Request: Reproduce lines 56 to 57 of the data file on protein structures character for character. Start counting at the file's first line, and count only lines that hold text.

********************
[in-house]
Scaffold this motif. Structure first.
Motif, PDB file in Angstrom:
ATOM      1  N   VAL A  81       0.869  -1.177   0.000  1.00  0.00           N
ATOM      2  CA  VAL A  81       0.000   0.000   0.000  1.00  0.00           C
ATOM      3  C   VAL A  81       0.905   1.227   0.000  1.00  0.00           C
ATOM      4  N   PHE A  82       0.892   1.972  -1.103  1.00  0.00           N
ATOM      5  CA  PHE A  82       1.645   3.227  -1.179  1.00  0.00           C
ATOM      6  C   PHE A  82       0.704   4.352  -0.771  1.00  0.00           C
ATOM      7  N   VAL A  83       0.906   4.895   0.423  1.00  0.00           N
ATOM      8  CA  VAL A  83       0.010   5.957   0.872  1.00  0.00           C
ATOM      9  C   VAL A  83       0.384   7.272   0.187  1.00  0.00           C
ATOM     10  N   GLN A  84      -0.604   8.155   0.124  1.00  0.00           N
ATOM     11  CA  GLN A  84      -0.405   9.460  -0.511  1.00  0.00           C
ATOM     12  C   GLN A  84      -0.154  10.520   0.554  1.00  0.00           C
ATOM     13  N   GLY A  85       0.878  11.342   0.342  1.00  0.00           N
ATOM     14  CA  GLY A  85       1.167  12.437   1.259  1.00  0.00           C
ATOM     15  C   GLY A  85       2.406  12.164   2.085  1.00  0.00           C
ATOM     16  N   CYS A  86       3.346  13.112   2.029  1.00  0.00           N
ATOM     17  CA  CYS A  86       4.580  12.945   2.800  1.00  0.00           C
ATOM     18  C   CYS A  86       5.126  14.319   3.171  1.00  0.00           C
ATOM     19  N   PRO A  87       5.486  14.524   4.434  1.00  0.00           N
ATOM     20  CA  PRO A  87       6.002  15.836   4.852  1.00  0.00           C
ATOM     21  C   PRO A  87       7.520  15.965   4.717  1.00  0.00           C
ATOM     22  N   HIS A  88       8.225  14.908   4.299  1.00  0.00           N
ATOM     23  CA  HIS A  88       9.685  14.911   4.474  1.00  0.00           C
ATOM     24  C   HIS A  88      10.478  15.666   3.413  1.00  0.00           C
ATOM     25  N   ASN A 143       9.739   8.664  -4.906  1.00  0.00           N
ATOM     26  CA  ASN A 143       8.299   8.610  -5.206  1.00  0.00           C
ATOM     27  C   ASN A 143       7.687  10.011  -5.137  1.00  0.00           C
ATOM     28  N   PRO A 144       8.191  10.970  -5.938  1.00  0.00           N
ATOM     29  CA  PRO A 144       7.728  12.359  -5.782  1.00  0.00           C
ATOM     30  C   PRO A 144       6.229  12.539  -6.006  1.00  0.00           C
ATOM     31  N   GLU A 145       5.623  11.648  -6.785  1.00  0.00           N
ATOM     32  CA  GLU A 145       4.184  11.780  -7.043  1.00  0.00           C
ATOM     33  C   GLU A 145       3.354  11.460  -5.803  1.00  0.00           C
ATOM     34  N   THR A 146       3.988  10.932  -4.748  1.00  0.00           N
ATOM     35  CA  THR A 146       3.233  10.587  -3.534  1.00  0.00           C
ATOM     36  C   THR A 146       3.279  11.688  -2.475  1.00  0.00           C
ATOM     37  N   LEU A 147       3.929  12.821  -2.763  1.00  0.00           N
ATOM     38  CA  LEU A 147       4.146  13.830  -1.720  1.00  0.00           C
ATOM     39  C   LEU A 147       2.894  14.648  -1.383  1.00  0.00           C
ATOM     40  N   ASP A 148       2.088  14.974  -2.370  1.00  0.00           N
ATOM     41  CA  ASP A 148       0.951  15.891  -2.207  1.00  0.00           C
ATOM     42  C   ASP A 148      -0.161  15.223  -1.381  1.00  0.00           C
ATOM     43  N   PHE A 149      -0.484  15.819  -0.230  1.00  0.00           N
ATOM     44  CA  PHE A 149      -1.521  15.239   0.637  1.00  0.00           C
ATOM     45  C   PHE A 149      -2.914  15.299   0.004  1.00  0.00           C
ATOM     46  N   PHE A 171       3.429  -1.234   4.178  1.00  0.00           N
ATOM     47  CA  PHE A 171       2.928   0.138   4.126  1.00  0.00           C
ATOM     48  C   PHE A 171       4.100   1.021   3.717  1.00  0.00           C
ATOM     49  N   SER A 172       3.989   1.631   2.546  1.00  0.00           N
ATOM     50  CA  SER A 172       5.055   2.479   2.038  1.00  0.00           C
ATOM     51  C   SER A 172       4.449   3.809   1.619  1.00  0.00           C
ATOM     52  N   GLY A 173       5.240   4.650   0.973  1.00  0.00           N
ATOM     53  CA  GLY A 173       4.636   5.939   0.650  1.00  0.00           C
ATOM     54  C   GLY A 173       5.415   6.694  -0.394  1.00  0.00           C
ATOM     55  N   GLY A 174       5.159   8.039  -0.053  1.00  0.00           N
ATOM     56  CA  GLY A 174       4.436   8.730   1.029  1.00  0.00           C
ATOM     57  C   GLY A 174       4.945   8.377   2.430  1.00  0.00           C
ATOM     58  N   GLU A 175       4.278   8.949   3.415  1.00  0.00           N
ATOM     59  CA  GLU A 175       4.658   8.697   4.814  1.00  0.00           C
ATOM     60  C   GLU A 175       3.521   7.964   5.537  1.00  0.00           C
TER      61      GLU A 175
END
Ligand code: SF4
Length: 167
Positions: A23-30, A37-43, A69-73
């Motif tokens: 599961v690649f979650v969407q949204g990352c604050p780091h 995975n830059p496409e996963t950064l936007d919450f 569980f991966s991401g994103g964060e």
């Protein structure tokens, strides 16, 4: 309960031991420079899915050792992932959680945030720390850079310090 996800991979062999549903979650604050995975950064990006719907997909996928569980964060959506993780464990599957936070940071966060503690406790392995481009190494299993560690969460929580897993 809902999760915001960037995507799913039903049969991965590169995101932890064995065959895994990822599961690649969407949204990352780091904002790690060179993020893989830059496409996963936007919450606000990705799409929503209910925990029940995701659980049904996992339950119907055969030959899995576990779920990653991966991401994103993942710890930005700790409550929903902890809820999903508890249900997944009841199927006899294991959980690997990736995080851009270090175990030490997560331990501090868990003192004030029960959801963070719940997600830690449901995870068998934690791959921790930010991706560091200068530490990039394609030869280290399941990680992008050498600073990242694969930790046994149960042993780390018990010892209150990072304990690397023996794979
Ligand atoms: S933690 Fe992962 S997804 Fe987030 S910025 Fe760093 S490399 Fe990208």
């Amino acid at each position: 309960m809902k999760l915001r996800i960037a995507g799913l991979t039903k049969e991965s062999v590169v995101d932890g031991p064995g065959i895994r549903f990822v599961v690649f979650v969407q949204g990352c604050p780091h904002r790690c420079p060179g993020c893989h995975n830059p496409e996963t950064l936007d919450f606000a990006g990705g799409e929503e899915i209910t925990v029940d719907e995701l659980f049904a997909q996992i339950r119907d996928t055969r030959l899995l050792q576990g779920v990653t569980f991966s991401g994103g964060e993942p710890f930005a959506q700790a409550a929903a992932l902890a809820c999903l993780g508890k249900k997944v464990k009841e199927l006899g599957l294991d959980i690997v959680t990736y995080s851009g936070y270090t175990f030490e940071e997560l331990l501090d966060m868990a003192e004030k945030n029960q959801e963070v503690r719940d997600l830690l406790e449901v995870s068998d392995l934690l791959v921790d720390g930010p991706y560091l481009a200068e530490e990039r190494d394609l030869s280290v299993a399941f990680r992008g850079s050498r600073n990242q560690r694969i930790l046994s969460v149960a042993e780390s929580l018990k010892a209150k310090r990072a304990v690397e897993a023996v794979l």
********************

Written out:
ATOM     53  CA  GLY A 173       4.636   5.939   0.650  1.00  0.00           C
ATOM     54  C   GLY A 173       5.415   6.694  -0.394  1.00  0.00           C